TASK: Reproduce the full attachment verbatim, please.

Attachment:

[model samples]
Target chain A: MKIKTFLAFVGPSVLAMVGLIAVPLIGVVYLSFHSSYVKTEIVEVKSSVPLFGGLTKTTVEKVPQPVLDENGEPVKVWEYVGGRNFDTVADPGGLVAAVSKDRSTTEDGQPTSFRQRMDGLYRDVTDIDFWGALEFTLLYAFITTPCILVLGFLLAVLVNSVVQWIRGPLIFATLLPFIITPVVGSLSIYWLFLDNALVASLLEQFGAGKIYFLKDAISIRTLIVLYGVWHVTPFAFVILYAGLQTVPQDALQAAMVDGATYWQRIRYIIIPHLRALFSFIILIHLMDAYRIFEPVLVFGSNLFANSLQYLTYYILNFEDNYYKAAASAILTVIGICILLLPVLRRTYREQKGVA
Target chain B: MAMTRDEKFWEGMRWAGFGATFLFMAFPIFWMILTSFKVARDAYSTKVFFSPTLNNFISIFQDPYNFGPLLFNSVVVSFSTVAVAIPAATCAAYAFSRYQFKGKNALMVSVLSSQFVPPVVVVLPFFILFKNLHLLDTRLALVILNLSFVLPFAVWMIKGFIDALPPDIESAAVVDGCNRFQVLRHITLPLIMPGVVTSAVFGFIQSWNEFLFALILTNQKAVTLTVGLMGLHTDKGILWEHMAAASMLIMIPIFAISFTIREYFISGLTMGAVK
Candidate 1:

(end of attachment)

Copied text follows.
[model samples]
Target chain A: MKIKTFLAFVGPSVLAMVGLIAVPLIGVVYLSFHSSYVKTEIVEVKSSVPLFGGLTKTTVEKVPQPVLDENGEPVKVWEYVGGRNFDTVADPGGLVAAVSKDRSTTEDGQPTSFRQRMDGLYRDVTDIDFWGALEFTLLYAFITTPCILVLGFLLAVLVNSVVQWIRGPLIFATLLPFIITPVVGSLSIYWLFLDNALVASLLEQFGAGKIYFLKDAISIRTLIVLYGVWHVTPFAFVILYAGLQTVPQDALQAAMVDGATYWQRIRYIIIPHLRALFSFIILIHLMDAYRIFEPVLVFGSNLFANSLQYLTYYILNFEDNYYKAAASAILTVIGICILLLPVLRRTYREQKGVA
Target chain B: MAMTRDEKFWEGMRWAGFGATFLFMAFPIFWMILTSFKVARDAYSTKVFFSPTLNNFISIFQDPYNFGPLLFNSVVVSFSTVAVAIPAATCAAYAFSRYQFKGKNALMVSVLSSQFVPPVVVVLPFFILFKNLHLLDTRLALVILNLSFVLPFAVWMIKGFIDALPPDIESAAVVDGCNRFQVLRHITLPLIMPGVVTSAVFGFIQSWNEFLFALILTNQKAVTLTVGLMGLHTDKGILWEHMAAASMLIMIPIFAISFTIREYFISGLTMGAVK
Candidate 1: